How to buy a Seiko watch?
If you’re wondering this question it’s likely you’ve gone through a similar process to many other men:
- You’re not really into watches but you notice a few Seikos around your college or office and start to learn more
- Getting more into watches, you want one of your own – a mechanical watch though, not a quartz
- But where to start? A Rolex is too far, you want to test the waters…
There’s more than one budget watch company out there so why choose Seiko?
Why Buy A Seiko Watch?
Simply put, Seiko is the most widely-known Japanese watch company next to Casio.
Seiko watches are affordable but that doesn’t mean low-quality. Seiko’s are by and large reliable and come with a quality feel for the price you pay.
Premium, original design
Affordable prices also do not have to mean bad design. Many affordable watches are ‘homages’ (also known as rip-offs) of luxury watches like the Rolex Submariner. Seiko takes their own designs that have real history behind them and iterates to keep them modern.
Flying under the radar
Rolex makes great watches, but they have a reputation. To some, they mean success, ambition and confidence. To others? Arrogance, greed and peacocking. By contrast, to 99% of people a Seiko will just look like a good watch on your wrist.
There’s a Seiko for everyone
Seiko produces a wide variety of watch styles, they run the gamut from casual field watches to dive watches to formal dress watches and everything in between. Whatever watch you are looking for, Seiko will sell one you should consider. In fact, you could build an entire collection from Seiko if you wanted to.
In this article I’m going to cover:
- The history of Seiko [jump to]
- The key watch terminology you need to know [jump to]
- Common Seiko materials [jump to]
- Seiko bezel options [jump to]
- More on Seiko bracelets [jump to]
- More on Seiko clasps [jump to]
- Essential Seiko movements you need to know [jump to]
- Top Seiko watches I recommend [jump to]
- When to buy a Seiko watch [jump to]
- Where to buy a Seiko watch [jump to]
For the professional watch enthusiasts among you, there will be a topic conspicuous by its absence and that’s Seiko’s high-end offerings sold under the King Seiko and Grand Seiko brands. Seiko offers a huge variety of watches so to make sure I do the company justice, in this article I’m going to be focusing on the main brand and it’s most popular offerings. But watch this space!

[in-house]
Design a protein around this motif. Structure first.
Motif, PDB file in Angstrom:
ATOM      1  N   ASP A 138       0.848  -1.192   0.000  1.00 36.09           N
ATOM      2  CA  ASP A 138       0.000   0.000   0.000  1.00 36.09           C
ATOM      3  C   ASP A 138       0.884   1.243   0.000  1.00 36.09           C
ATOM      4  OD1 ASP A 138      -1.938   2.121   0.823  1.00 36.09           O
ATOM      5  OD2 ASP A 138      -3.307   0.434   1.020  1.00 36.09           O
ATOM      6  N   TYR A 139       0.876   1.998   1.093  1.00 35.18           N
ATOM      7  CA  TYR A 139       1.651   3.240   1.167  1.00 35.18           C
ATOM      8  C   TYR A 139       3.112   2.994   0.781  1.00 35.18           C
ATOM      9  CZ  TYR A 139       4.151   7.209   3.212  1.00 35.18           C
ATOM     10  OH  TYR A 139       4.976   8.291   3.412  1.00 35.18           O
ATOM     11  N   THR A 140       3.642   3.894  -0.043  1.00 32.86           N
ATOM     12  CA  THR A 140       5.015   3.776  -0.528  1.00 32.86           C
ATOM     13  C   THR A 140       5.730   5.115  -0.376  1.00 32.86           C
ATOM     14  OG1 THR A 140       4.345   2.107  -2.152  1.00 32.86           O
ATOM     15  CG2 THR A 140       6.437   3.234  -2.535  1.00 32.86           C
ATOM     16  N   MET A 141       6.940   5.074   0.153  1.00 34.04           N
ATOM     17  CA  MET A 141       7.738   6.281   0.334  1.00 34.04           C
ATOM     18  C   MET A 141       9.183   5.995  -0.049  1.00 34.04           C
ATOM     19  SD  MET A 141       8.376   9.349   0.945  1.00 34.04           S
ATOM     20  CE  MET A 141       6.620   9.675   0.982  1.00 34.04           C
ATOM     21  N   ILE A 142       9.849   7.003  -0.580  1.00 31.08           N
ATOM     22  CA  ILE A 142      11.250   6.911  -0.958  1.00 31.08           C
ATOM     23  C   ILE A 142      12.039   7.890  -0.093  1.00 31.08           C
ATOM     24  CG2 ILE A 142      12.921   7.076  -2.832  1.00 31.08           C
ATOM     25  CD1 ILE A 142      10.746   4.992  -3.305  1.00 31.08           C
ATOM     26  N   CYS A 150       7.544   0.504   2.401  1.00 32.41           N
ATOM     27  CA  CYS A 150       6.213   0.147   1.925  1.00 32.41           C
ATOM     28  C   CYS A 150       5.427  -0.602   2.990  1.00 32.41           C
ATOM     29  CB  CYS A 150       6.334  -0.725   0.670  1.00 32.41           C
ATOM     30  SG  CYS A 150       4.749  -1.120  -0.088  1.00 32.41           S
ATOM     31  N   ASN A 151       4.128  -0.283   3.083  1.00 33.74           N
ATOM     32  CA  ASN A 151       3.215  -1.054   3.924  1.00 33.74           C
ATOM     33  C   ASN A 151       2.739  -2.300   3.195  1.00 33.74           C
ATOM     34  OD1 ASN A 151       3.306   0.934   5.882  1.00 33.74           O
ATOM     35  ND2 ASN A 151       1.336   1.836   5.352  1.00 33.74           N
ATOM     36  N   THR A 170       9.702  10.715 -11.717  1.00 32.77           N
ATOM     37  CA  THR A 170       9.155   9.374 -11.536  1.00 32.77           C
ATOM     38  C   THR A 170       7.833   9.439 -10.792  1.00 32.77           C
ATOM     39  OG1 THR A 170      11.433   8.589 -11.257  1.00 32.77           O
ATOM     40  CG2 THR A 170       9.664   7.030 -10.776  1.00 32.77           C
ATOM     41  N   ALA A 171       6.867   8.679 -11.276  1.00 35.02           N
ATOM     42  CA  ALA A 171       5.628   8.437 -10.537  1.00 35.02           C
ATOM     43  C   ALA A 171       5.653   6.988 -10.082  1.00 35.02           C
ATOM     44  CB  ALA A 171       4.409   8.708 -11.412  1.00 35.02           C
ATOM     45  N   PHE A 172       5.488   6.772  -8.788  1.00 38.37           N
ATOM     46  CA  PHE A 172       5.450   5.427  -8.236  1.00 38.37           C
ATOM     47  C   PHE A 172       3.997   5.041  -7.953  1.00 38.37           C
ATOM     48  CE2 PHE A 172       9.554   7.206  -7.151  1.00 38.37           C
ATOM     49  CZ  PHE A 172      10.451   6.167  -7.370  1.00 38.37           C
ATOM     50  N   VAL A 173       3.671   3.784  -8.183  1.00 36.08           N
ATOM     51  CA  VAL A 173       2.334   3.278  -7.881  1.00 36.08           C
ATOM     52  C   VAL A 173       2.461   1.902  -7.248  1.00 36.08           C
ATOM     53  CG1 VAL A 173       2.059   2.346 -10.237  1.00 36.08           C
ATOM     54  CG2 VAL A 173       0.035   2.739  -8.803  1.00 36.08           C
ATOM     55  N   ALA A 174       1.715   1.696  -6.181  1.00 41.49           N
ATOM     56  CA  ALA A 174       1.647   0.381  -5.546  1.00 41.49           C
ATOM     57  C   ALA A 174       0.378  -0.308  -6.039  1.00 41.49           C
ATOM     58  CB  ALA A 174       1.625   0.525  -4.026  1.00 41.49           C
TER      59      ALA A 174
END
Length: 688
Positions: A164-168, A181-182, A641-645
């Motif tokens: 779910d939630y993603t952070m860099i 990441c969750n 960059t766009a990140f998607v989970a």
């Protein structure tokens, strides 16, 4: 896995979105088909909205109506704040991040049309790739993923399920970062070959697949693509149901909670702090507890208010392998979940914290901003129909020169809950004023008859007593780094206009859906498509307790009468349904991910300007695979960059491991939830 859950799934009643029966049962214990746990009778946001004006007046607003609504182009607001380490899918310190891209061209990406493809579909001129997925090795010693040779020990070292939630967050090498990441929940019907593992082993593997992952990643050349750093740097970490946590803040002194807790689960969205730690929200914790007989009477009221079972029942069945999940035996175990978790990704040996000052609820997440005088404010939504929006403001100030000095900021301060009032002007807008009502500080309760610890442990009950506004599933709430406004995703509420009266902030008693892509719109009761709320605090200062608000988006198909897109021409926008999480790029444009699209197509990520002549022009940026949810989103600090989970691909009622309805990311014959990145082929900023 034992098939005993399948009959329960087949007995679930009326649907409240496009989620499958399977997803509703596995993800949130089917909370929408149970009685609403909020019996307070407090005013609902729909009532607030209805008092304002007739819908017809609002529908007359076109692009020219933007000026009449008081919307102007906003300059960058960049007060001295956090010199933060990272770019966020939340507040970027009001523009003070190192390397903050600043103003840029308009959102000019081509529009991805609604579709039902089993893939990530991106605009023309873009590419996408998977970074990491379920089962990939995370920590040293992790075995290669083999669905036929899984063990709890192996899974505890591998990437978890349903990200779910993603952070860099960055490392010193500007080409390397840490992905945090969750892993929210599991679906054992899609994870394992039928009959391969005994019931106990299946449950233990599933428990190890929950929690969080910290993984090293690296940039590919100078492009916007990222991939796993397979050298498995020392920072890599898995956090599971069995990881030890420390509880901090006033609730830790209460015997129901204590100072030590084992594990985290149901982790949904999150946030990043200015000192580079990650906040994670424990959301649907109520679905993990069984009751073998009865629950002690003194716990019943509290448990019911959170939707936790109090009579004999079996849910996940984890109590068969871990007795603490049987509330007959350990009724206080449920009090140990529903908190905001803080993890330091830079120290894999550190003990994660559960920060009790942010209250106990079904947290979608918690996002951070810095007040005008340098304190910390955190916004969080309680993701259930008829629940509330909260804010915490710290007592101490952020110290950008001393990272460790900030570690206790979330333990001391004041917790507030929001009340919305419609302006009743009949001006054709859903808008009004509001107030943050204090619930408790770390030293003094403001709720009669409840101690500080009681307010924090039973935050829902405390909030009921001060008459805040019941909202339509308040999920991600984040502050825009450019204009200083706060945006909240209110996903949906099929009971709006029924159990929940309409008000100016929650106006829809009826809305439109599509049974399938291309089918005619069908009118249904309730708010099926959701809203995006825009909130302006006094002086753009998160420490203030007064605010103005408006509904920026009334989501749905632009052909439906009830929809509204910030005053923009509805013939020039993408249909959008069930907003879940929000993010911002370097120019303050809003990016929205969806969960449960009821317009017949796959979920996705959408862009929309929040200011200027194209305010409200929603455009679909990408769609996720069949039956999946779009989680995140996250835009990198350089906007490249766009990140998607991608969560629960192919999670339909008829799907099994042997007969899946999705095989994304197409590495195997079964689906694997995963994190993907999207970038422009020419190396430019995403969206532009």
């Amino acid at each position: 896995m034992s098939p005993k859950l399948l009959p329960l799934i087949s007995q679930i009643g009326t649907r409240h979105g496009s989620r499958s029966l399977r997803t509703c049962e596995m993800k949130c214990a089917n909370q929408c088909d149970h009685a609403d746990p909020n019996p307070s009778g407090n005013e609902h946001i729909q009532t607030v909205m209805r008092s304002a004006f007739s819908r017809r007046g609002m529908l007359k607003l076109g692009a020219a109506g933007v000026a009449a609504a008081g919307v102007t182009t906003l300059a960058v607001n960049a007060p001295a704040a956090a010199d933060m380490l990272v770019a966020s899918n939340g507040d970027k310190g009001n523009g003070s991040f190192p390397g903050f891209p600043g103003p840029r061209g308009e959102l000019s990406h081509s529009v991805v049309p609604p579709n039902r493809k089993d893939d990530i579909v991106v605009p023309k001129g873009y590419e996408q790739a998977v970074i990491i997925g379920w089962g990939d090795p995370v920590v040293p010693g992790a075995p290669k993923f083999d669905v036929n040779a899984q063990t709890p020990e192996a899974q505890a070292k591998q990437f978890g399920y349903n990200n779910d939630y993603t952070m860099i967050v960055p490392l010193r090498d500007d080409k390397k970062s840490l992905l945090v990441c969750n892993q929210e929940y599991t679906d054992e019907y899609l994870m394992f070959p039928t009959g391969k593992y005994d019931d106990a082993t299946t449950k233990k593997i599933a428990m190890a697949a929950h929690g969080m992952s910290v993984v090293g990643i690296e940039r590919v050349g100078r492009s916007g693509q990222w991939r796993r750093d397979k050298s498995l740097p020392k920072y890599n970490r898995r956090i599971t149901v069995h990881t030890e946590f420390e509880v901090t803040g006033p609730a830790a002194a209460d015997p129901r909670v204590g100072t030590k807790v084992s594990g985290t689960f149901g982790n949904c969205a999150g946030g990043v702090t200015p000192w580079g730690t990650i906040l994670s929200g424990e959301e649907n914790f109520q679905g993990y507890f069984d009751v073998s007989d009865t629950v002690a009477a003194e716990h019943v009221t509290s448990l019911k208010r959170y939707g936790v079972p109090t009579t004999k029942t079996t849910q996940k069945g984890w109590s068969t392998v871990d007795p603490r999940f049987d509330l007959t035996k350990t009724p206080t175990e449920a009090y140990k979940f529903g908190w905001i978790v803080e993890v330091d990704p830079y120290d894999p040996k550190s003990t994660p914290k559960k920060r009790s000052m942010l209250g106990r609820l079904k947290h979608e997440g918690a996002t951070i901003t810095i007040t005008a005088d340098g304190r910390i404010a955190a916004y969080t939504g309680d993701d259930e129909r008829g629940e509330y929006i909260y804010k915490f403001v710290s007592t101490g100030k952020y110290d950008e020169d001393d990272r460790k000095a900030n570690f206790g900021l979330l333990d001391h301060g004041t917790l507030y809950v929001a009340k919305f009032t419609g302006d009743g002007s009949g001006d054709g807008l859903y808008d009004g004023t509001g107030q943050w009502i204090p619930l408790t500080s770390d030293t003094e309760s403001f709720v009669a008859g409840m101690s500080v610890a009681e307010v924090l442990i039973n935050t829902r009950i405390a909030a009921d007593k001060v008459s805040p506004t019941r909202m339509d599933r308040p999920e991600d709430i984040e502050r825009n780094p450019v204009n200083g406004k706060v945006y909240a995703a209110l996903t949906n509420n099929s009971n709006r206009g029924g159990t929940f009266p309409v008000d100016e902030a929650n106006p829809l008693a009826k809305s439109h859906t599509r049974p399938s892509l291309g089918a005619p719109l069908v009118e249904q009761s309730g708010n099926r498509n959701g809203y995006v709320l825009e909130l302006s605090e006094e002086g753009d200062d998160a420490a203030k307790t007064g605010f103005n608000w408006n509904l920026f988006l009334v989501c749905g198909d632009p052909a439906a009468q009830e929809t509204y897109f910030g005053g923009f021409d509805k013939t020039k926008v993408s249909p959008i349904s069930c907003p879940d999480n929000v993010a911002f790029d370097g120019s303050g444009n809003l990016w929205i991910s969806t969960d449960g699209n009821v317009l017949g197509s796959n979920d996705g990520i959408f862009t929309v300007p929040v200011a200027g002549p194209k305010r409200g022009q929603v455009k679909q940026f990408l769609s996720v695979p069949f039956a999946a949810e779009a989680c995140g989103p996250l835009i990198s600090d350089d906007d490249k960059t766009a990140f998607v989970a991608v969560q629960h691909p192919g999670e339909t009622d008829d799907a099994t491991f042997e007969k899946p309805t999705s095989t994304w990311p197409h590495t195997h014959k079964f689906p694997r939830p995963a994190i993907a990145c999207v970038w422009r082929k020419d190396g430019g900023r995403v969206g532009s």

Without further ado, how did a one-man watch and jewelry shop in 19th-century Tokyo turn into an international watchmaking superpower that today dominates the low and mid-end market?
Seiko: A history in watches
Japanese clockmaker apprentice Kintaro Hattori founds ‘K. Hattori’ a watch and jewelry shop – succeeds by offering hard-to-find watches through building close relationships with Swiss manufacturers
Kintaro manufactures his own clocks through a new company: Seikosha (meaning house of exquisite workmanship)
Renamed Seiko, releases first wristwatch
The first Grand Seiko is launched (production halted 1975, resumed 1991)
One of the first companies to release an automatic chronograph (Seiko 5 Sports Speed Timer) AND also the first company to mass-market quartz watches (the Astron) https://www.bloomberg.com/news/articles/2017-11-16/a-concise-history-of-the-quartz-watch-revolution
When iconic Vietnam war movie Apocalypse Now is released, with Martin Sheen as Captain Willard, and a Seiko Prospex Diver 6105-8110 on his wrist, it is confirmed to civilians what US servicemen already knew. Seikos are affordable and can take a beating. In truth, this watch was one of many servicemen wore, competing against Seiko’s own DX 6106 as well as the Glycine Airman, the Rolex GMT Master and many more for time on the wrist of US military personnel.
Seiko partners with Italian supercar designer Giorgetto Giugiaro. This partnership culminates three years later when the Seiko Giugiaro is seen on Sigourney Weaver’s wrist as Ripley in Alien – cementing Seiko in western pop culture by proving they could do more than just dress watches and dive watches.
Thinking outside the box didn’t end in the 80s. Everyone today recognizes the Amazon Kindle, famous for its e-ink technology which gives it top-drawer battery length and visibility in direct sunlight. The Seiko E Ink was the world’s first e-ink watch, good legibility being an important benefit for watches – demonstrating Seiko’s interest in any technology which would help its customers, no matter how non-tradition it might be.
We’re in the 2010s now, almost there. Seiko releases the Fugaku 6830 from sub-brand Credor. An understated name befitting a very small watch. This was the world’s smallest tourbillon by volume and Seiko’s first tourbillon.
There you have it, a Japanese brand with a deep attachment to America and not afraid to utilize modern techniques while still respecting watchmaking tradition.
How is Seiko doing today?
They continue to maintain a wide range of watches and some might argue that expanding ever-deeper into the US market is taking its toll.
In recent years, quality control has been mentioned online with some users finding Seiko’s US service center carries out repairs slowly or ships the wrong parts to local stores.
It is unusual but not unheard-of for Seiko watches to run slow and some Seiko diving watches have misaligned bezels.
That said, people love Seiko for a reason and I wouldn’t let a few errors get in the way of trying the brand out. Just be careful, make sure you get the manufacturer’s warranty for example.
Analysis of a Seiko watch – Need-To-Know Terminology
To help you make an informed purchase decision, I have put together the essential words and phrases you need to understand the anatomy of a watch. Particularly when researching or buying online, this is critical to understand how each watch is put together.